For me, a big drawback of extension ladders is that it usually takes a lot of effort to extend them to the desired height. This is partly due to the way in which they are rigged. Typically, the ladder is operated by a rope which is fastened to the bottom of the extending part of the ladder. The rope runs through a pulley at the top of the stationary part and back down to ground level for the operator to grasp. This simple arrangement is inexpensive to manufacture but it requires a force on the rope which is equal to the weight of the moving portion of the ladder. If the ladder is large, or if the moving parts have a high degree of friction, the ladder can be very difficult to extend when it is standing upright. This, in turn, makes it difficult to control the ladder and compromises safety.

I recently obtained an old extension ladder for free. Its rope was missing and while I was measuring it to find out how much rope I needed to buy it occurred to me that I could convert the ladder to a double-pulley system which would make it easier and safer to use.

Project Steps

Analyzing the mechanism

In the stock extension ladder, the single pulley simply translates motion from one direction to another. The force required to extend the ladder is equal to the weight of the ladder’s moving portion.

In a double-pulley system, additional motion is traded to gain force. The rope needs to be pulled twice as far, but the force required is equal to only half of the weight being lifted.

The second pulley will be installed at the bottom of the moving portion of the ladder. One end of the rope will then be fastened to the top of the stationary portion. The rope will run down the ladder and through the new pulley at the bottom of the moving portion, back up and through the original pulley at the top of the stationary portion and then down to the operator at ground level.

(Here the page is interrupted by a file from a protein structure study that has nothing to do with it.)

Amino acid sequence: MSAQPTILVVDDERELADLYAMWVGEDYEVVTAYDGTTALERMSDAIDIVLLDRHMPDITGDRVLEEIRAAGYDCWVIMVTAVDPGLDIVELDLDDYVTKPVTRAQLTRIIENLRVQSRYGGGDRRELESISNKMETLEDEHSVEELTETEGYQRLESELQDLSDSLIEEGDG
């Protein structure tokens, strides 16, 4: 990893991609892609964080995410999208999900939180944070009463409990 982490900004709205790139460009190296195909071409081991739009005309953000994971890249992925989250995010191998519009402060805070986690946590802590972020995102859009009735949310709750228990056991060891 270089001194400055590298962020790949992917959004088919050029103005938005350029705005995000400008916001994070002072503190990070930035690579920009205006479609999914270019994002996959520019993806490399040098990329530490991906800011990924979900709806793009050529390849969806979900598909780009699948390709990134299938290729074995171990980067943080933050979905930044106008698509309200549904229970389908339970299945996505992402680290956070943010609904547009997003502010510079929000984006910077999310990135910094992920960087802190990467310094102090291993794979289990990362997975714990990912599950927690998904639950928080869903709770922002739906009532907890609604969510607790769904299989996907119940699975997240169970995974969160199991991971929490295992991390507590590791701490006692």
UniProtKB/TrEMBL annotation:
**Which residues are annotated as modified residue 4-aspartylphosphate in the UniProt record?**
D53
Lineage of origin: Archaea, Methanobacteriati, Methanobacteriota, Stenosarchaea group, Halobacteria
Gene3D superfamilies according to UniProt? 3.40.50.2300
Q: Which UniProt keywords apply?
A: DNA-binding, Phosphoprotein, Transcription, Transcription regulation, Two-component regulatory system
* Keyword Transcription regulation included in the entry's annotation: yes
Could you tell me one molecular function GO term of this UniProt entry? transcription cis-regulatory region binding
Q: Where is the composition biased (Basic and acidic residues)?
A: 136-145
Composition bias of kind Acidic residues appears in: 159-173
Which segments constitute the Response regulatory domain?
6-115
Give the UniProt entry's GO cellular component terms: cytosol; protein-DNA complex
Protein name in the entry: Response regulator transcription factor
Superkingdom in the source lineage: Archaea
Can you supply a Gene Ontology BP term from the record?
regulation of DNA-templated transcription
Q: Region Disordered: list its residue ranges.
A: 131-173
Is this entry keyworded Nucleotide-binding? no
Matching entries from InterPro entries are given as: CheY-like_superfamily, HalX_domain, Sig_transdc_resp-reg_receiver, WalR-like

Parts required


Bolt and nylock nut to fit ring on pulley

Flat washers to fit bolt

Metal strap

Rope (approximately three times the length of the ladder)

Making the retaining strap

I used a strap originally designed to hold a 2” metal downspout to the wall of a house. The strap was exactly the length I needed. The holes in the strap had to be enlarged to 3/8” to accommodate the bolt.

Bend the strap around the bottom rung of the moving portion of the ladder.

Installing the pulley assembly

Put a washer on the bolt, slip the ring of the pulley between the ends of the strap and insert the bolt.

Install another washer and the nut. Tighten the assembly so that the pulley is held in an upright position when the ladder is stood on end.

Note: Make sure that the pulley does not hit the rungs on the other half of the ladder as the ladder is extended and retracted. Bend the strap as necessary to provide clearance.

Installing the rope

Tie the rope to the top rung of the stationary portion of the ladder, next to the original pulley. Use a bowline knot or something similar.

Thread the rope between the two halves of the ladder to the bottom and run it through the newly-installed pulley.

Thread the rope along the same path back to the top of the ladder and through the original pulley.

Finishing the conversion

Run the rope down the backside of the ladder to the bottom and cut it to length.

If desired, leave some extra length so that you can tie the rope to the bottom rung of the stationary portion of the ladder. This helps keep the rope under control when you are moving the ladder around.

If you are using a synthetic rope as I did, heat-seal the end of the rope to keep it from unraveling. Matthew Cox has supplied this guide for sealing the end of the rope.


The rope on a stock extension ladder is often polypropylene or something similar. It is tough but not particularly flexible. I selected a woven nylon rope which is abrasion-resistant and very supple.

After finishing the modification I stood the ladder upright and tested it. Extending the ladder was almost effortless. I've used it on numerous occasions since then and I'm very pleased with it.